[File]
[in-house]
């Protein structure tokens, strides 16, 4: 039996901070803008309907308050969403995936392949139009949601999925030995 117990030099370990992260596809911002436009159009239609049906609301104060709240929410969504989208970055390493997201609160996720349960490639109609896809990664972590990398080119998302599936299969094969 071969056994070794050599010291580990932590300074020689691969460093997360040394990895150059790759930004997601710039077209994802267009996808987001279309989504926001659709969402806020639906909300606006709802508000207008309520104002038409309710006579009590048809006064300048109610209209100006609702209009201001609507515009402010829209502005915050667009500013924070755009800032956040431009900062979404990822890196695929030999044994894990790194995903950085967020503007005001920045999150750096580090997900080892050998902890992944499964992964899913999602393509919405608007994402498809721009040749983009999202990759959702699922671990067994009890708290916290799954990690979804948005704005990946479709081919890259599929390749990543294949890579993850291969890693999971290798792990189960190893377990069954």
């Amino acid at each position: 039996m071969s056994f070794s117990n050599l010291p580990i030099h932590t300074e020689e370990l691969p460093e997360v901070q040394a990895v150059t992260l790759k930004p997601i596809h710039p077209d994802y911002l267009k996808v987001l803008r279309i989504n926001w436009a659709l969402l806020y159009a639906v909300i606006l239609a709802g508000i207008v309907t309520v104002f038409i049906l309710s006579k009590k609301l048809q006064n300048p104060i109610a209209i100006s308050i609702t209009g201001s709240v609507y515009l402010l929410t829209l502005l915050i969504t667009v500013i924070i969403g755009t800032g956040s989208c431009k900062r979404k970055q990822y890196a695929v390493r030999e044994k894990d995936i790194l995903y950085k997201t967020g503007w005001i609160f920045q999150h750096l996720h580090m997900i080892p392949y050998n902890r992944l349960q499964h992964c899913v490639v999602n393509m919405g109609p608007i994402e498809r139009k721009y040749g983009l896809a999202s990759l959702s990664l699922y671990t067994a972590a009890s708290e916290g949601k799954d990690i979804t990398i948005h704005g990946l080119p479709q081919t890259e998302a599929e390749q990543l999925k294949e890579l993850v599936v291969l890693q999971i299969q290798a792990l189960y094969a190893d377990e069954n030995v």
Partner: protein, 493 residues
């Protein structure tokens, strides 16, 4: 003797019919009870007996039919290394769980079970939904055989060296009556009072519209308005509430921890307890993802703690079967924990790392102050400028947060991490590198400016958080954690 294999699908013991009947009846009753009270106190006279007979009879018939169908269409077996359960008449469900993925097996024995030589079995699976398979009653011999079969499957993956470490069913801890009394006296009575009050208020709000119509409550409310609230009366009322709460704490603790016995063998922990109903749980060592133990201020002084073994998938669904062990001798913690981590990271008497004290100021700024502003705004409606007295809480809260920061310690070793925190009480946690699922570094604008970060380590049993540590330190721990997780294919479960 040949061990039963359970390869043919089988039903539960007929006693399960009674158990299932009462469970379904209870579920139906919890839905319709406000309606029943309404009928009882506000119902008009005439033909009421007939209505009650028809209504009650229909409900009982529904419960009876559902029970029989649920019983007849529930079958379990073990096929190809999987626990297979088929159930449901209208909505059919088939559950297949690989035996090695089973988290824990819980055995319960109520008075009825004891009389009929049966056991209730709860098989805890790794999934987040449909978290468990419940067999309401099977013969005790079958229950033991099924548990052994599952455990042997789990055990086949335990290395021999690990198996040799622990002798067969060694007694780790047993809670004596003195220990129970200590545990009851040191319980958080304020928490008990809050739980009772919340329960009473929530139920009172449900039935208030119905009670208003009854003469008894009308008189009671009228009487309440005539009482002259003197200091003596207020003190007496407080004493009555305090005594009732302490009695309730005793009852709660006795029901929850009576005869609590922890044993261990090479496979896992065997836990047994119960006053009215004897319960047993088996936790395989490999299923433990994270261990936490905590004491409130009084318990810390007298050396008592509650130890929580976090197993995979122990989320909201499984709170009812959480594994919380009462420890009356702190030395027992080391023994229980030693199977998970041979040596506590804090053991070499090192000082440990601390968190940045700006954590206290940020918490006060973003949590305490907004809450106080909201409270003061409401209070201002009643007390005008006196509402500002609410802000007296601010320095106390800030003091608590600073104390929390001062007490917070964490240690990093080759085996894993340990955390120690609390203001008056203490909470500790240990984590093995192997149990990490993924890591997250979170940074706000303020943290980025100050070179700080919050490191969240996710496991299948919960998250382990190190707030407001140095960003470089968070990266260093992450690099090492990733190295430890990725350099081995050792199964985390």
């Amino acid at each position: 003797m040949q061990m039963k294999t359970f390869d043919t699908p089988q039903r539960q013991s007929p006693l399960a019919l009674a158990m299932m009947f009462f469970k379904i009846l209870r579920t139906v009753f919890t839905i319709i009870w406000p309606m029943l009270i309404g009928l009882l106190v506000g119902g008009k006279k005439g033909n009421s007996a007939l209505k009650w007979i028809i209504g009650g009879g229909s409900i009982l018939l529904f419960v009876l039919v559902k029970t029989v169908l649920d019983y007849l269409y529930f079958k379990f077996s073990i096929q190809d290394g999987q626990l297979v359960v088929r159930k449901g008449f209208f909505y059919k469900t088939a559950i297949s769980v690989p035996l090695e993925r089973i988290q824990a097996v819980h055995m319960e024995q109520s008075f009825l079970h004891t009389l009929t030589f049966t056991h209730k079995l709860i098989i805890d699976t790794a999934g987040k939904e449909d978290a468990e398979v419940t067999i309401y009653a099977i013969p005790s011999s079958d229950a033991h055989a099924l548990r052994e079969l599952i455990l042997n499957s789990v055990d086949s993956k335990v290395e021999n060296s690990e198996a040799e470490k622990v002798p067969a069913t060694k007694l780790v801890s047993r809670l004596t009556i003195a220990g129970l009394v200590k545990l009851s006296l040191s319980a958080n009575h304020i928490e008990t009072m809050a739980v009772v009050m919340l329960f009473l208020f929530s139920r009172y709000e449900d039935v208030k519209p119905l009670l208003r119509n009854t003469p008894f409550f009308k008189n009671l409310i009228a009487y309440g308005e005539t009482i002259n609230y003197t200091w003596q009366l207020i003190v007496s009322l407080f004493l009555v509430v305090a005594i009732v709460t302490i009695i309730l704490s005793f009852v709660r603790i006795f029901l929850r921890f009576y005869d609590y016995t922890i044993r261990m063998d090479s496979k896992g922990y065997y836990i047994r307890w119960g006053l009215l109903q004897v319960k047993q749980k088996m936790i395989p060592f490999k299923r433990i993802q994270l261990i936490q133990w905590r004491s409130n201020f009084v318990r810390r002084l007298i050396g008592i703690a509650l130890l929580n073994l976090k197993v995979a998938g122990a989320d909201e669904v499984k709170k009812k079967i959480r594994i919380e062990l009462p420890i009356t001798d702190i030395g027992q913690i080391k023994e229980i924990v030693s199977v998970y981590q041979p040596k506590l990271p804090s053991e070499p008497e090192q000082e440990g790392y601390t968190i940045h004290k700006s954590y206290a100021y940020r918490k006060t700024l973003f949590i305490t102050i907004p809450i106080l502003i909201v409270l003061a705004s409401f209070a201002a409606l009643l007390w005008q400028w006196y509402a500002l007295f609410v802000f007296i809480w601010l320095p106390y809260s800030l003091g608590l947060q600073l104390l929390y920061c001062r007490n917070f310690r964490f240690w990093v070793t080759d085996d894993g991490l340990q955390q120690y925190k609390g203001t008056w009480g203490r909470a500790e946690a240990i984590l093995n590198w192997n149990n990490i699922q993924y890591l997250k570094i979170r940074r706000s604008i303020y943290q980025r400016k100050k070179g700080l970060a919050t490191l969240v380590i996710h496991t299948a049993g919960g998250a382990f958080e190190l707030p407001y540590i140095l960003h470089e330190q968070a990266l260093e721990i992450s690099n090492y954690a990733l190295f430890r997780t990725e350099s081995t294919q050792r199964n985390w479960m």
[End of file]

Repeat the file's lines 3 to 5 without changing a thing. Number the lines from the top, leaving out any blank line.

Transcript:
């Amino acid at each position: 039996m071969s056994f070794s117990n050599l010291p580990i030099h932590t300074e020689e370990l691969p460093e997360v901070q040394a990895v150059t992260l790759k930004p997601i596809h710039p077209d994802y911002l267009k996808v987001l803008r279309i989504n926001w436009a659709l969402l806020y159009a639906v909300i606006l239609a709802g508000i207008v309907t309520v104002f038409i049906l309710s006579k009590k609301l048809q006064n300048p104060i109610a209209i100006s308050i609702t209009g201001s709240v609507y515009l402010l929410t829209l502005l915050i969504t667009v500013i924070i969403g755009t800032g956040s989208c431009k900062r979404k970055q990822y890196a695929v390493r030999e044994k894990d995936i790194l995903y950085k997201t967020g503007w005001i609160f920045q999150h750096l996720h580090m997900i080892p392949y050998n902890r992944l349960q499964h992964c899913v490639v999602n393509m919405g109609p608007i994402e498809r139009k721009y040749g983009l896809a999202s990759l959702s990664l699922y671990t067994a972590a009890s708290e916290g949601k799954d990690i979804t990398i948005h704005g990946l080119p479709q081919t890259e998302a599929e390749q990543l999925k294949e890579l993850v599936v291969l890693q999971i299969q290798a792990l189960y094969a190893d377990e069954n030995v």
Partner: protein, 493 residues
């Protein structure tokens, strides 16, 4: 003797019919009870007996039919290394769980079970939904055989060296009556009072519209308005509430921890307890993802703690079967924990790392102050400028947060991490590198400016958080954690 294999699908013991009947009846009753009270106190006279007979009879018939169908269409077996359960008449469900993925097996024995030589079995699976398979009653011999079969499957993956470490069913801890009394006296009575009050208020709000119509409550409310609230009366009322709460704490603790016995063998922990109903749980060592133990201020002084073994998938669904062990001798913690981590990271008497004290100021700024502003705004409606007295809480809260920061310690070793925190009480946690699922570094604008970060380590049993540590330190721990997780294919479960 040949061990039963359970390869043919089988039903539960007929006693399960009674158990299932009462469970379904209870579920139906919890839905319709406000309606029943309404009928009882506000119902008009005439033909009421007939209505009650028809209504009650229909409900009982529904419960009876559902029970029989649920019983007849529930079958379990073990096929190809999987626990297979088929159930449901209208909505059919088939559950297949690989035996090695089973988290824990819980055995319960109520008075009825004891009389009929049966056991209730709860098989805890790794999934987040449909978290468990419940067999309401099977013969005790079958229950033991099924548990052994599952455990042997789990055990086949335990290395021999690990198996040799622990002798067969060694007694780790047993809670004596003195220990129970200590545990009851040191319980958080304020928490008990809050739980009772919340329960009473929530139920009172449900039935208030119905009670208003009854003469008894009308008189009671009228009487309440005539009482002259003197200091003596207020003190007496407080004493009555305090005594009732302490009695309730005793009852709660006795029901929850009576005869609590922890044993261990090479496979896992065997836990047994119960006053009215004897319960047993088996936790395989490999299923433990994270261990936490905590004491409130009084318990810390007298050396008592509650130890929580976090197993995979122990989320909201499984709170009812959480594994919380009462420890009356702190030395027992080391023994229980030693199977998970041979040596506590804090053991070499090192000082440990601390968190940045700006954590206290940020918490006060973003949590305490907004809450106080909201409270003061409401209070201002009643007390005008006196509402500002609410802000007296601010320095106390800030003091608590600073104390929390001062007490917070964490240690990093080759085996894993340990955390120690609390203001008056203490909470500790240990984590093995192997149990990490993924890591997250979170940074706000303020943290980025100050070179700080919050490191969240996710496991299948919960998250382990190190707030407001140095960003470089968070990266260093992450690099090492990733190295430890990725350099081995050792199964985390």